Crazy for good brew in Vail Valley
VAIL, Colorado -During a tour of the Heineken factory in Amsterdam, Vail brewer Kevin Selvy, 26, had a revelation. He didn’t want to spend his life in front of a computer, trading stocks and bonds, no matter how much money he’d bring home.He wanted to brew beer and he wanted to do it in Vail. There was only one small problem: Selvy, then a recent graduate of Colorado State University, had just accepted a job at Barclays Global Investors in San Francisco. In fact, he was backpacking through Europe thanks to a signing bonus. So he caught a plane back, as planned, and went to work. But he started brewing beer at home and relentlessly studying the craft brewing business every spare moment. “I was making so much beer I was giving it away,” Selvy said. That’s how some of Selvy’s beer ended up in Fritz Maytag’s hands, or rather, his mouth. Maytag is the former owner of Anchor Brewing Company in San Francisco, one of the first craft brewers in the United States.”Fritz basically started the craft brewing industry,” Selvy said.Selvy interviewed with Maytag and later that afternoon was offered a job making beer at Anchor Brewing.Driving around San Fran, Selvy wrestled with the decision. He talked to his mom, who told him to go for it, and then heard a song on the radio that spoke to him, he said. “There was a line that said ‘I can’t believe we’d lie in our graves and wonder what might have been.'” That pushed Selvy over the edge. “I went into my job the next day at 5 a.m. and quit. Everyone thought I was crazy. I took a massive pay cut.”But Selvy knew this was what he had to do to attain his dream – opening his own brewery in Vail. Which is just what he’s done. Selvy, who grew up in Parker, debuted Crazy Mountain Brewery at the Big Beers, Belgians & Barleywines festival in Vail in January. He started selling his beer to local bars and restaurants two months ago. “I knew I wanted to move here,” he said during an interview at Loaded Joe’s in Avon last week. “The Vail Valley was a beer culture that hadn’t blossomed yet. I wanted to be the spark that turned the area into a beer destination like Fort Collins.”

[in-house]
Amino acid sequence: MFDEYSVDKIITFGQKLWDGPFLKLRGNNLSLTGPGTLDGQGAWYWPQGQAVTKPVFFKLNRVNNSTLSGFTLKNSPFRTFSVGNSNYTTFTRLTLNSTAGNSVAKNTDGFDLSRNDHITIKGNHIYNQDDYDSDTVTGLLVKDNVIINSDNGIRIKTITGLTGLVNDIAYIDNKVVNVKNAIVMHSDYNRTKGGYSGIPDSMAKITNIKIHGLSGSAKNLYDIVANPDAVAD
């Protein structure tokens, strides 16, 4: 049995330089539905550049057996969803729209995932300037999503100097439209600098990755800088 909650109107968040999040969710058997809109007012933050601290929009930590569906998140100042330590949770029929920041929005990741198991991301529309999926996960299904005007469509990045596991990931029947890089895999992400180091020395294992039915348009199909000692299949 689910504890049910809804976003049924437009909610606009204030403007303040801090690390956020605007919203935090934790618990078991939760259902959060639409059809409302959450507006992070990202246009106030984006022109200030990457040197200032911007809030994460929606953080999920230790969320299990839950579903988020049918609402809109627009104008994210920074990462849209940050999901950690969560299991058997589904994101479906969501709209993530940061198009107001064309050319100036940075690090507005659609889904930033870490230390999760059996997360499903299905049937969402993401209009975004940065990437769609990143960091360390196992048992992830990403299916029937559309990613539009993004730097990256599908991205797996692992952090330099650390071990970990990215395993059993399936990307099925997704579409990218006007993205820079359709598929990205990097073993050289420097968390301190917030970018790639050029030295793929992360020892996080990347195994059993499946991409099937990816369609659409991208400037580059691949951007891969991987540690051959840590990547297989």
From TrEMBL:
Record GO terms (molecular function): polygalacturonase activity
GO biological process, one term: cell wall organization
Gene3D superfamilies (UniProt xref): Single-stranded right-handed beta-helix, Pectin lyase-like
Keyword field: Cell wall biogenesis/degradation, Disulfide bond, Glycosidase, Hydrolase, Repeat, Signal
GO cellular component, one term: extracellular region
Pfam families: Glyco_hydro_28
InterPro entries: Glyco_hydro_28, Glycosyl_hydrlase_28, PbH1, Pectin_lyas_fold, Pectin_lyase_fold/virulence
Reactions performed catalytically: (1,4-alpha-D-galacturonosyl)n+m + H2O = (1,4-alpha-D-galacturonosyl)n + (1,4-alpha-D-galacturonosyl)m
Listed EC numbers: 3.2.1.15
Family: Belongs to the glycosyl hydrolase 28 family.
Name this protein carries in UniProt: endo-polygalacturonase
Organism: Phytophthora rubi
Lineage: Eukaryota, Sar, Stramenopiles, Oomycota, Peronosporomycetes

So far that spark seems to be catching on. In just seven weeks, Selvy has picked up nine accounts and expects more as soon as the off season ends and some restaurants open back up. “I’m surprised by how well we’ve done in six weeks,” he said. “It’s pretty crazy for the new guys on the block to be selling this much beer.”Thanks to a keg in the back of his van, Selvy lets his beer do the talking. He goes to local restaurants, fills up a growler and walks in. “It’s funny because sometimes there’s these big beer reps there with their laptops and fancy setups, and I show up with a growler and a notebook,” he said, smiling.When you have a good product, you don’t need a PowerPoint. “Beer that’s made by hand just really tastes better,” he said.So far two beers are being served around town – a crisp, refreshing wit beer and a hoppy amber ale. Selvy plans to release more this summer, the first of which will be a black ale in July. “It tastes like a pale ale but is jet black,” Selvy said. Selvy also plans for an IPA, a Belgian ale and a seasonal saison beer come fall.
Each beer is paired with a local non-profit; the wit is matched up with the Eagle Watershed Council and the amber with the Eagle Valley Alliance for Sustainability. “We like beer, and we love their commitment to community, to the extent they incorporated it into their business model,” said Matt Scherr of the Eagle Valley Alliance for Sustainability. “Beer has traditionally been a very local phenomenon through the ages. Local is not just green from an energy perspective; local is green from a community perspective.”One percent of the proceeds from each beer goes back to its parent organization. “The idea is that if we take care of our community, our community will take care of us,” Selvy said. “And it keeps our heads on straight.”Although Selvy was brewing his beer at a location on Metcalf Road in Avon, that building recently sold. Until their new location at the Northstar Center in Edwards opens, Selvy’s been driving to Fort Collins, where he’s leasing equipment to brew the current production of 90 kegs a month. The new location will include a tasting room, which will hopefully be open to the public by August. By fall, Selvy hopes to be bottling 22-ounce bombers, and by next spring, canning his suds. High Life Editor Caramie Schnell can be reached at 970-748-2984 or firstname.lastname@example.org.